1880s — Lighting Early Norwood

    Until May, 1888, there was no incorporated village of Norwood. All the improvements were being made by developers, community improvement societies and individuals. One of the concerns was public lighting, especially street lighting at intersections. Although most of the following related to East Norwood, probably because the writer was a resident there, South Norwood was also active in placing street lighting in its subdivisions. Old Norwood eventually followed suit.

    The following clippings are from the Cincinnati Times-Star.

November 2, 1887

    "The eighteen street lamps now scattered about East Norwood will be lit very soon."

November 3, 1887

    "The lamps of East Norwood will shine forth in all their brilliancy this evening for the first time."

November 4, 1887

    "Society at East Norwood was all agog last night over the advent of the new lamps. The improvement is appreciated."

November 5, 1887

    "Wouldn't it be a good idea to light up the station at the junction for the benefit of the "night owls" who arrive from town on the midnight train?"
(Obviously, the citizens were not going to be satisfied! Give them 18 street lights, and they want "just one more" for their late night excursions.)

November 14, 1887

    "East Norwood 'night owls' may now rejoice. A handsome new lamp has been sent out by the C., W. & B. people, and it will hereafter illuminate the platform at the station, where all has been darkness in the past."
(Now will the citizens be satisfied?)

November 17, 1887

    "The East Norwood Improvement Committee wish to have it distinctly understood that it is utterly impossible for them to light everybody's front yard, but they aim to place the lamps where they will be of the most benefit to pedestrians to and from the railroad station. As this is the reason given by some residents for not subscribing, the Committee wish to be thoroughly understood in the matter."
(Nope, everyone is not satisfied!)

November 25, 1887

    "Old Norwood has profited by the lesson taught by her younger sisters—East and South Norwood—and several of the public spirited citizens of the former place have placed lamps in front of their residences without the aid or co-operation of an Improvement Society. Still, with organization, better things could be accomplished."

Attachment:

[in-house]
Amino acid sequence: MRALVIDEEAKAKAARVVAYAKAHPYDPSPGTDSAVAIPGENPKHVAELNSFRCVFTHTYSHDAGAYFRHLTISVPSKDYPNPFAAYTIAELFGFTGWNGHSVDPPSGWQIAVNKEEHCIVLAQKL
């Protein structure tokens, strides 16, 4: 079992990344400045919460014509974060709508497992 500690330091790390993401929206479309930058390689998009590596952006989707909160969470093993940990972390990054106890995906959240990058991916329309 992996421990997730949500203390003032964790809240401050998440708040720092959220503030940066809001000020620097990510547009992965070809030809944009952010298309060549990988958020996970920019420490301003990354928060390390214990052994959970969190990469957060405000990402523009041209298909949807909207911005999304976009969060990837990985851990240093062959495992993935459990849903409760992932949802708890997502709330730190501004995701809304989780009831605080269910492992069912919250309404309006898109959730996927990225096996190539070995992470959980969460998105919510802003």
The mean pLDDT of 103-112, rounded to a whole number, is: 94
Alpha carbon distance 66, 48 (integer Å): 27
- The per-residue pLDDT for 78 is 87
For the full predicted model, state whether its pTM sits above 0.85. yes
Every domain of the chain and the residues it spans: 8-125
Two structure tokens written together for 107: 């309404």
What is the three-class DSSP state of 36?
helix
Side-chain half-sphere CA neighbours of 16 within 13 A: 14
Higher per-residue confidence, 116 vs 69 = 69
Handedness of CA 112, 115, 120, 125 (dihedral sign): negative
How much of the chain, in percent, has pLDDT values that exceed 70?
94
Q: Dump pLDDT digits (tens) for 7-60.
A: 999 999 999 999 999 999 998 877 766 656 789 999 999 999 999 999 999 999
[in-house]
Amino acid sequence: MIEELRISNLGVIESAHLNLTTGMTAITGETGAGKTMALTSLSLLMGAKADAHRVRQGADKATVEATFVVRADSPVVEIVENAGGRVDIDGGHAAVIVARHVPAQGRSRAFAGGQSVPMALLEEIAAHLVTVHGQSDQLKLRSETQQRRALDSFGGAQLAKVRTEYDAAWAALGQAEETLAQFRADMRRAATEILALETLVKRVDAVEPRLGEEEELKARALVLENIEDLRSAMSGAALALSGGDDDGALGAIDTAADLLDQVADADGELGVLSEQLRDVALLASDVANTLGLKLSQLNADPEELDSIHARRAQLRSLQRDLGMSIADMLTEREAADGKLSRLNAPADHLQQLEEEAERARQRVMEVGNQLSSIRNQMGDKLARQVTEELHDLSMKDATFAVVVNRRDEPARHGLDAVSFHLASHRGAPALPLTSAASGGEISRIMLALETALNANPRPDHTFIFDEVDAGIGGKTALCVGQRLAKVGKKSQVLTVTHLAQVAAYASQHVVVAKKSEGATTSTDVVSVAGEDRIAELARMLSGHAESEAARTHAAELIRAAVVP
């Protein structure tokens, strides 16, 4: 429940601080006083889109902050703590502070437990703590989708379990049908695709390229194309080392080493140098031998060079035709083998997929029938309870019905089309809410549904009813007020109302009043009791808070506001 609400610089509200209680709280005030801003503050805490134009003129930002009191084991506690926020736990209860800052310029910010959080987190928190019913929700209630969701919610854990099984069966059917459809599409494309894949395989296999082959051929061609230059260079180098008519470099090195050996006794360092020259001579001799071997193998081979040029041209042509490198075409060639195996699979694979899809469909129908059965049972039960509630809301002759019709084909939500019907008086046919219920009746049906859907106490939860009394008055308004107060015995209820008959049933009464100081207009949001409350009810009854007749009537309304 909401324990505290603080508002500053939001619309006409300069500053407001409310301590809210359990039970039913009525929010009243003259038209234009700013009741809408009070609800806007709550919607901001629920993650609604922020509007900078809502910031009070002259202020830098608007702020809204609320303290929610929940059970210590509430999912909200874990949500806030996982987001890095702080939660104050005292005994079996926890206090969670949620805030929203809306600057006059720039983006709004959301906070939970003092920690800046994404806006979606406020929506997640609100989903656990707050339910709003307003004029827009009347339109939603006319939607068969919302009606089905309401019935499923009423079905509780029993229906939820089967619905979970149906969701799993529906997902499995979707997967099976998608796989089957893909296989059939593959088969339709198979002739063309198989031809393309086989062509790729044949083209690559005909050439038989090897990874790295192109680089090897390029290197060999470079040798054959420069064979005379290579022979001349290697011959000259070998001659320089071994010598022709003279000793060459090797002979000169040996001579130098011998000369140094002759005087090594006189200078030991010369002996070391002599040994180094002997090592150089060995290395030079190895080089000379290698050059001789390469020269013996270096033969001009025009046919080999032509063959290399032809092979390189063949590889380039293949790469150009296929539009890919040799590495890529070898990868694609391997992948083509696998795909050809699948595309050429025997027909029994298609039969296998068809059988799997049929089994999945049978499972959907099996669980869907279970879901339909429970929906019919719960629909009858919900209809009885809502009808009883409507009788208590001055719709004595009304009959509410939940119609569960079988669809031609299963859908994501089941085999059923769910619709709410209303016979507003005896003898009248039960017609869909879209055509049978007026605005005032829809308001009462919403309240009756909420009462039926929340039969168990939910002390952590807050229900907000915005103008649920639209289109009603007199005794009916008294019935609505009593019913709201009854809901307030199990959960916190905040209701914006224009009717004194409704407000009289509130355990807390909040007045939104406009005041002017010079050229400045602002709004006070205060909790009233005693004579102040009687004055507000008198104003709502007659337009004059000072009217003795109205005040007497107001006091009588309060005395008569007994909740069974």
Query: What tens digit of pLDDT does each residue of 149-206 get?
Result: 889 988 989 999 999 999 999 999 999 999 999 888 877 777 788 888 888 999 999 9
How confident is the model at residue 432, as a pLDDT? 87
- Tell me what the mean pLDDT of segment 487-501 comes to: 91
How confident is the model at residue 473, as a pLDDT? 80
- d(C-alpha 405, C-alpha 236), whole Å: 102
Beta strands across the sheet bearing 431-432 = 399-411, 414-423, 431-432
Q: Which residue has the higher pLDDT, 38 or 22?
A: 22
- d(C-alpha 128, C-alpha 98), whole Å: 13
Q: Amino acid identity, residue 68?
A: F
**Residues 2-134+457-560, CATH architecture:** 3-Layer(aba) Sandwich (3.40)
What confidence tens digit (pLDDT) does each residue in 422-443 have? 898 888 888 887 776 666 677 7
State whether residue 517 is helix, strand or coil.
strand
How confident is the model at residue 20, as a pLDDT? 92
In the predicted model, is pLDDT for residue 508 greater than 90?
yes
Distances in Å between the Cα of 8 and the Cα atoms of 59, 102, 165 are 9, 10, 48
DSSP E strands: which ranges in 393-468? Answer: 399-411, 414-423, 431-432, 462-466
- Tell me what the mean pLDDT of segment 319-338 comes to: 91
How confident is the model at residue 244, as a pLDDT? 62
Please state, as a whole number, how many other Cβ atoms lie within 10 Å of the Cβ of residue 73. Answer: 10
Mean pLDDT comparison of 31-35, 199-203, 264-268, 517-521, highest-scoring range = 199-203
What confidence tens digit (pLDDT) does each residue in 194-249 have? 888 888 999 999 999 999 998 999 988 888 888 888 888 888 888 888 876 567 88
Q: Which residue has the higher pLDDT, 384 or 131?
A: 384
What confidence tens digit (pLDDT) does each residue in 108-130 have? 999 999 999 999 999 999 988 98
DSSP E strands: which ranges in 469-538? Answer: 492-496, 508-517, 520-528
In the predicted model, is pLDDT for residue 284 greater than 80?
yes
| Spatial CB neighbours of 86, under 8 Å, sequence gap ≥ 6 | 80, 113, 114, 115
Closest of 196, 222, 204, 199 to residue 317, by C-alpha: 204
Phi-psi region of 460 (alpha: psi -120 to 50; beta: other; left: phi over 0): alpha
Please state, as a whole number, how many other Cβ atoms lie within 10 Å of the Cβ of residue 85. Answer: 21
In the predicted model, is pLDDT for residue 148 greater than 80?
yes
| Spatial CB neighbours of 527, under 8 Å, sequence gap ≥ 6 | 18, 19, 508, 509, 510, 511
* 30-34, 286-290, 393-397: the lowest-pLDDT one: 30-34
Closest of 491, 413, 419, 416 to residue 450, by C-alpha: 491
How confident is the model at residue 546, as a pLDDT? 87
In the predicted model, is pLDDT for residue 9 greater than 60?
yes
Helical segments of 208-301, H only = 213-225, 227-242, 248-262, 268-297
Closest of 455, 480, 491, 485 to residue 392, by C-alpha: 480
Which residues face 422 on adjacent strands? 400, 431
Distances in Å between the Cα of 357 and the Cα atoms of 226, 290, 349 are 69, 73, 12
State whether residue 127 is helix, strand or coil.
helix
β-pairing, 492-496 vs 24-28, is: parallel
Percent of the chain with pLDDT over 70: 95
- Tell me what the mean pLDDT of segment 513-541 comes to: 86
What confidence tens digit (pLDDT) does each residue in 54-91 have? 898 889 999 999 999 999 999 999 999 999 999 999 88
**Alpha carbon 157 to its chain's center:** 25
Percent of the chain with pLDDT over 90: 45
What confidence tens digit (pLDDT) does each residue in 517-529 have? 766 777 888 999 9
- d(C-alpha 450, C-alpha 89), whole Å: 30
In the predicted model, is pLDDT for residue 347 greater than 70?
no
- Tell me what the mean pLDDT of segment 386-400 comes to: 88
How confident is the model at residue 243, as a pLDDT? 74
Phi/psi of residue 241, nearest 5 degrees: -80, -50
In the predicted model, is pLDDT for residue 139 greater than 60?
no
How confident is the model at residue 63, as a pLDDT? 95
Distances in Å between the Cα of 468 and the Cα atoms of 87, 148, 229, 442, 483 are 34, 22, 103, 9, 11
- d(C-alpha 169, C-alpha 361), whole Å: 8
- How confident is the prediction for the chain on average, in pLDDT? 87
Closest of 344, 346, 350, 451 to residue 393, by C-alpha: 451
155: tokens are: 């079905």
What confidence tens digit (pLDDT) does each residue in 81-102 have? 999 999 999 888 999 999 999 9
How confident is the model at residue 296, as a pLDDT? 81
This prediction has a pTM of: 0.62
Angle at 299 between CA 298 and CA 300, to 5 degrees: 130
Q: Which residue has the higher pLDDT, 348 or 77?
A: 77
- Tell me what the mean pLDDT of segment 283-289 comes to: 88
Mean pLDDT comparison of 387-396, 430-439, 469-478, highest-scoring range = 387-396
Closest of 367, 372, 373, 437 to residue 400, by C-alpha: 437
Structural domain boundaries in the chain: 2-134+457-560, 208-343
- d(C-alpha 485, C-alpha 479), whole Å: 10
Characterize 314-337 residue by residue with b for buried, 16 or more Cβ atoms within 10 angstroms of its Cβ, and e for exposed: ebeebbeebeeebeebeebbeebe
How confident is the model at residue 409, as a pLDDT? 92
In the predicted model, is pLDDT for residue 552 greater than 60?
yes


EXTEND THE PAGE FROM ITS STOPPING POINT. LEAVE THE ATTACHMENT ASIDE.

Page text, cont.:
December 3, 1887

    "There was but one street lamp burning in East Norwood this morning, and that was the last one nearest the Methodist Church, as if in exemplification of John Wesley's saying, 'While the lamp holds out to burn the vilest sinner may return.'"
... and ...
    "East Norwood now has a reflector lamp on its south platform, and the commuters are accordingly that much happier."
... and ...
    "The convenience of street lamps and improved crossings was hardly known in the Norwoods until last evening."
(These people really want their street lights!)

December 6, 1887

    "Another consignment of lamps has been received at East Norwood."

December 10, 1887

    "There was joy over in the wilderness last night because a street lamp was placed at East Norwood's 'dark corner'—Beech street and Norwood avenue."
(Finally! Maybe this will satisfy Ren Mulford, Jr.! This was close to his home.)

December 29, 1887

    "Smith's road is not only well 'planked' now, but it is well lighted as well."

January 30, 1888

    "Two large gas lamps that used to adorn the front of the old Government Buildings on Fourth and Vine streets are now doing service in South Norwood. They are situated on Ashland avenue, one at the corner of Smith road and the other at Monroe avenue."